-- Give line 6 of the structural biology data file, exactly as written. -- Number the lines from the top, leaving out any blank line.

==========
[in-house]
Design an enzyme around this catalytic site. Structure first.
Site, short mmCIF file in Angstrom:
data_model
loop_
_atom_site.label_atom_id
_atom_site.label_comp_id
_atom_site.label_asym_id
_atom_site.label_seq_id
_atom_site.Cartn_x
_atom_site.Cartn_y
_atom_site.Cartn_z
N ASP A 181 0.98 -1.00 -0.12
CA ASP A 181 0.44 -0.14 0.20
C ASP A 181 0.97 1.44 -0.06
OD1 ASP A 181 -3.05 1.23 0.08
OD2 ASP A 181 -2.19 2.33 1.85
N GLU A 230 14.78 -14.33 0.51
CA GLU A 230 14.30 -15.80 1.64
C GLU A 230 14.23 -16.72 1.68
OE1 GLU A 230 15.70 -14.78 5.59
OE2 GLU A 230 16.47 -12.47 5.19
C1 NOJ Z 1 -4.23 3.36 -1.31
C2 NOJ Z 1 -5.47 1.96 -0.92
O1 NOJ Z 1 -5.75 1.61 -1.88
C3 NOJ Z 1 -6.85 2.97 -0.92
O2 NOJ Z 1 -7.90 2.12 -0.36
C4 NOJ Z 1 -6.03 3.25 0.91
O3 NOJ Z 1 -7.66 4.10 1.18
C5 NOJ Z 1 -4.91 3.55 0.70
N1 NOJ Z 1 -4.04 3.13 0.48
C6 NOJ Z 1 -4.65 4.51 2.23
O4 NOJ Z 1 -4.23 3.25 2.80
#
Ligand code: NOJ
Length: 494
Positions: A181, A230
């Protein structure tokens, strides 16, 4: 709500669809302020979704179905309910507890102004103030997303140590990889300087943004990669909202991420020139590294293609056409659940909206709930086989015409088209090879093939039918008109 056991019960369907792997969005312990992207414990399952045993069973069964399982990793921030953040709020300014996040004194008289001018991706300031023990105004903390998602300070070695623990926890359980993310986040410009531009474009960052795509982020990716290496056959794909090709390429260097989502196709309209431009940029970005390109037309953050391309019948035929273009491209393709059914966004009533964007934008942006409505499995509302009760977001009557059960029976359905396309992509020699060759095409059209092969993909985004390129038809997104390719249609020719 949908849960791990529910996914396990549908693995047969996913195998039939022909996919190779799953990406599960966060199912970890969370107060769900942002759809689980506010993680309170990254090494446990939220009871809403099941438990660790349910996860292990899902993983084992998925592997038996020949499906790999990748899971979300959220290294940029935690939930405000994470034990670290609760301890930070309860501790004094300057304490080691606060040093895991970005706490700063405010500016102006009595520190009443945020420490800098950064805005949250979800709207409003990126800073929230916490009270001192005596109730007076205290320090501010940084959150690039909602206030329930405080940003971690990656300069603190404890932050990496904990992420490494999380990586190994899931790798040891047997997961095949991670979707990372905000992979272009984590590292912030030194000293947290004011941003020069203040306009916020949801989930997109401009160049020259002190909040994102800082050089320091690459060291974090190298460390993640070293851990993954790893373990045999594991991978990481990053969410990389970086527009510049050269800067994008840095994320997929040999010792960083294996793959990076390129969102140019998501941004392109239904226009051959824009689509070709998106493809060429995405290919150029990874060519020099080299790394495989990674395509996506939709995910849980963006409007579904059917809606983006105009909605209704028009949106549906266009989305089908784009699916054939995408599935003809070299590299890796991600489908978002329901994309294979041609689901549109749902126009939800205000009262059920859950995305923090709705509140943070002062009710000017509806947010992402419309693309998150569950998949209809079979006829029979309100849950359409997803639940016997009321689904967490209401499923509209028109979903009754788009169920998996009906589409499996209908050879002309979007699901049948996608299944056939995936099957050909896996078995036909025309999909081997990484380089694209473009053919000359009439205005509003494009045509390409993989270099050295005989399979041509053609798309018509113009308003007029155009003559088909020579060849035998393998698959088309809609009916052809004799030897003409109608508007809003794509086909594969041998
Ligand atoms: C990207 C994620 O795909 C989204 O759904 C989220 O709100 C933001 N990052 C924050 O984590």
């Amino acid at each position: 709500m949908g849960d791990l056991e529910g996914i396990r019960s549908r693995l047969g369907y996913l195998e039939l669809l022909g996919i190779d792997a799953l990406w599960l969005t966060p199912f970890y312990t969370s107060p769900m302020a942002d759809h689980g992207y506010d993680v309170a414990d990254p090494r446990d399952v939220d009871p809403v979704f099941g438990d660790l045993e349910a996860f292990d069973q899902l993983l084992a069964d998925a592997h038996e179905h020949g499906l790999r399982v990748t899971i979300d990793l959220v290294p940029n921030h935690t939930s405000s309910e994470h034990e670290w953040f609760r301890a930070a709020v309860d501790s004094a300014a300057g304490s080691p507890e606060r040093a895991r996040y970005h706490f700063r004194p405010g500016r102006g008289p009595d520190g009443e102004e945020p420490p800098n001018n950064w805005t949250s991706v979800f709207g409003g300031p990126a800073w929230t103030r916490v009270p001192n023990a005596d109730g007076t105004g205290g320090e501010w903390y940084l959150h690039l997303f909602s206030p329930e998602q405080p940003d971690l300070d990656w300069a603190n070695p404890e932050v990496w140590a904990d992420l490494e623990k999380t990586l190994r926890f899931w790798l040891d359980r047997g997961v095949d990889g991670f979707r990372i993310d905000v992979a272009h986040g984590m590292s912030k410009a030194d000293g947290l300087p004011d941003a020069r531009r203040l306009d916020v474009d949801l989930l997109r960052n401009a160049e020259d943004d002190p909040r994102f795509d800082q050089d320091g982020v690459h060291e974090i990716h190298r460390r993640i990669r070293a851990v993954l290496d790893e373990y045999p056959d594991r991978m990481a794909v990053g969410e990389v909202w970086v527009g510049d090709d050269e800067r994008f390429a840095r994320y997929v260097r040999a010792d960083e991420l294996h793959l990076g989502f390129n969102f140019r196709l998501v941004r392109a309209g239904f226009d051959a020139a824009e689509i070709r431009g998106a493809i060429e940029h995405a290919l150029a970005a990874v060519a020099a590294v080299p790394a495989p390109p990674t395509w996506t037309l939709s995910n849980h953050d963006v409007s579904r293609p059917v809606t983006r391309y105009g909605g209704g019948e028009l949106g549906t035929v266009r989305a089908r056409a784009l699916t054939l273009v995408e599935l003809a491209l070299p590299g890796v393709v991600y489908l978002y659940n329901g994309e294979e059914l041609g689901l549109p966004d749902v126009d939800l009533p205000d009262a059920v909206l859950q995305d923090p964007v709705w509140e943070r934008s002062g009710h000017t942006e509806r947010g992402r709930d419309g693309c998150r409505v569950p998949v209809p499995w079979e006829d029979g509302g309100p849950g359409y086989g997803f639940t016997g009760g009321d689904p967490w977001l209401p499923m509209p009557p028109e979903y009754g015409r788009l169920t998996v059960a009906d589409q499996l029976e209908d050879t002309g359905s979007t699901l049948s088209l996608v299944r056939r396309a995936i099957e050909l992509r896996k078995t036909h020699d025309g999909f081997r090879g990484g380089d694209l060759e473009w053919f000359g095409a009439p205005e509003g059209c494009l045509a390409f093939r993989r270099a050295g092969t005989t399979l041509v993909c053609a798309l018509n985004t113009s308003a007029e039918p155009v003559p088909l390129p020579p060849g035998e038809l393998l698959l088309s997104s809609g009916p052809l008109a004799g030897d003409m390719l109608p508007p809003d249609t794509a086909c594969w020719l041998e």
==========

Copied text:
_atom_site.label_atom_id